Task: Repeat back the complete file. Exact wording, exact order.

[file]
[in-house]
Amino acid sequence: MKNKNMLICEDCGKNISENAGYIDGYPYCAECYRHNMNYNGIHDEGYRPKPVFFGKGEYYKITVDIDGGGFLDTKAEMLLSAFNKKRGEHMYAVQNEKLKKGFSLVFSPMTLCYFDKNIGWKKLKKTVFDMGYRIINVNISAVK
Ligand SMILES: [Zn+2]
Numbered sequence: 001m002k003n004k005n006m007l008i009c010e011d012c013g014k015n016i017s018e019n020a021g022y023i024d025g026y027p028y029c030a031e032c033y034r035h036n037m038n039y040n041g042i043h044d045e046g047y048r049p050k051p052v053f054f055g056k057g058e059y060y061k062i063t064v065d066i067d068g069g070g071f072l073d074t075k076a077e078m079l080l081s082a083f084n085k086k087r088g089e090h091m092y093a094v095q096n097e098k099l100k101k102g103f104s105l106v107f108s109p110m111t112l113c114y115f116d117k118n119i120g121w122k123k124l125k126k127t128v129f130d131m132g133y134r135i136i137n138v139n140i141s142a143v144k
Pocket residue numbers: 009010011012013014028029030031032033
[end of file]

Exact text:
[in-house]
Amino acid sequence: MKNKNMLICEDCGKNISENAGYIDGYPYCAECYRHNMNYNGIHDEGYRPKPVFFGKGEYYKITVDIDGGGFLDTKAEMLLSAFNKKRGEHMYAVQNEKLKKGFSLVFSPMTLCYFDKNIGWKKLKKTVFDMGYRIINVNISAVK
Ligand SMILES: [Zn+2]
Numbered sequence: 001m002k003n004k005n006m007l008i009c010e011d012c013g014k015n016i017s018e019n020a021g022y023i024d025g026y027p028y029c030a031e032c033y034r035h036n037m038n039y040n041g042i043h044d045e046g047y048r049p050k051p052v053f054f055g056k057g058e059y060y061k062i063t064v065d066i067d068g069g070g071f072l073d074t075k076a077e078m079l080l081s082a083f084n085k086k087r088g089e090h091m092y093a094v095q096n097e098k099l100k101k102g103f104s105l106v107f108s109p110m111t112l113c114y115f116d117k118n119i120g121w122k123k124l125k126k127t128v129f130d131m132g133y134r135i136i137n138v139n140i141s142a143v144k
Pocket residue numbers: 009010011012013014028029030031032033